Huppert brings Immigration Minister to the city

14 May, 2013 No Comments

MP Julian Huppert brings Immigration Minister, Mark Harper to Cambridge on Thursday (May 16) to address fears that problems with the current immigration system keep out the overseas talent that the city needs. 

Mr Harper will visit English language school, Studio Cambridge and Cambridge University during a four hour visit. 

His trip comes just days after the government revealed in the Queen’s Speech plans to introduce new immigration laws. 

Julian has already announced that he will keep a close watch on the plans to make sure they don’t keep out the talented people that are needed by the country’s educational and research establishments and businesses. 

And yesterday Monday (May 13) he met representatives of English UK, the national association of accredited English language centres to discuss their concerns about the government’s visa system for non-EU residents coming to the UK.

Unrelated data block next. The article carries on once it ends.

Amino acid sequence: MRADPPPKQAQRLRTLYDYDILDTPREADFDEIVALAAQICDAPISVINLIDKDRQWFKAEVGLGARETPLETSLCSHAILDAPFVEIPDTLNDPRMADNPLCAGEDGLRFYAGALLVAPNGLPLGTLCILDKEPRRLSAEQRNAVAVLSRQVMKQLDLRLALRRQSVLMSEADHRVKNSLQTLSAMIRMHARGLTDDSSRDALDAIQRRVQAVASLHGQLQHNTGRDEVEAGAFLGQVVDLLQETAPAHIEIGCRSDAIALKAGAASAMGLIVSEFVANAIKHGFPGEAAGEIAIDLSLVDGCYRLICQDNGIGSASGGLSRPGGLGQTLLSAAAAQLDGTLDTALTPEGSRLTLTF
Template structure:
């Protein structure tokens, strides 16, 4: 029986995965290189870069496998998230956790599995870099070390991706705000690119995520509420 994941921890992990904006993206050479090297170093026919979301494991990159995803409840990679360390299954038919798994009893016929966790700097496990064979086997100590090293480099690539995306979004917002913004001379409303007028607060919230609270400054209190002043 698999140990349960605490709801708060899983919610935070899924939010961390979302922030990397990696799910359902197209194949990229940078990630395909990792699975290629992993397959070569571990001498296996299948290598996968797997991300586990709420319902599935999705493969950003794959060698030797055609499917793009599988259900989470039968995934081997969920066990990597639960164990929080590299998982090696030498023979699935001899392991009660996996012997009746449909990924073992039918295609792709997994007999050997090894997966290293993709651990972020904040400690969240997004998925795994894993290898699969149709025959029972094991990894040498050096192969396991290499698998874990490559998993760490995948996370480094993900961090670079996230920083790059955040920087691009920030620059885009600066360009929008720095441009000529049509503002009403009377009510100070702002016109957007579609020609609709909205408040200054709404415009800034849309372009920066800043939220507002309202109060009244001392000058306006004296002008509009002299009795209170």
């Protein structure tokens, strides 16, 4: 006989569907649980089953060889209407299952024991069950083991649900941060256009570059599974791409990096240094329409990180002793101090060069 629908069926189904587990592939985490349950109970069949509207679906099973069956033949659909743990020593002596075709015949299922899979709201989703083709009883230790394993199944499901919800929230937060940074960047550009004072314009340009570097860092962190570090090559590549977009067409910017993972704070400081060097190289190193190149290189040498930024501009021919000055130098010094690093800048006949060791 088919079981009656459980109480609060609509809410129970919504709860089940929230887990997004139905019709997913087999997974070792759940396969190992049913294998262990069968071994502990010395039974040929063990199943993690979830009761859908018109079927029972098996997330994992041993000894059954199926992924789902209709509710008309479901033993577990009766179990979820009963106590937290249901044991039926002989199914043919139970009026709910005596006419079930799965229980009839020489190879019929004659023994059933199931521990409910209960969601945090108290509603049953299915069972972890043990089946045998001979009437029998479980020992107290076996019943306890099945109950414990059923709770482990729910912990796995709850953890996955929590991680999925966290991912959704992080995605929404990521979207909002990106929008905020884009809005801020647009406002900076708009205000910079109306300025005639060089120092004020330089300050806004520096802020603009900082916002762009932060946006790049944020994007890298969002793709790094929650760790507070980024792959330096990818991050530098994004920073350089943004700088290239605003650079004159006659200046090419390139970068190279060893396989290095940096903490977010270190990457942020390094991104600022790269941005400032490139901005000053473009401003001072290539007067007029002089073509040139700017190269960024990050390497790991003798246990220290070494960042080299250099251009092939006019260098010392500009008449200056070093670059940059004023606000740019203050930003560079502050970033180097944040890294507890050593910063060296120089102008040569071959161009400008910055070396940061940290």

Julian said: “I am delighted that the Minister is coming to Cambridge to give businesses, the language schools and universities the opportunity to put their cases on this issue.  

“We have to act to deal with the massive backlog of immigration cases caused by catastrophic working on the part of the UK Border Agency. They take far too long to make decisions, and even when they get round to it, make far too many errors. 

“It is hardly surprising that immigration is identified as one of the biggest issues facing the UK if the agency, originally set up by the last government, gets things consistently wrong. They cannot even tell us who is in the country let alone whether they should be here. 

“But I am worried that the government’s Immigration Bill will go further than that leading to legislation which could keep out the very people that we need to get our economy back on its feet and drive it forward. 

“I want to make sure that non-EU residents who are coming to study here or take up academic, research or business posts are not kept out by the new legislation. If we fail to do this we risk serious consequences for our language schools, universities and businesses and we could do untold damage to our economy.”

 

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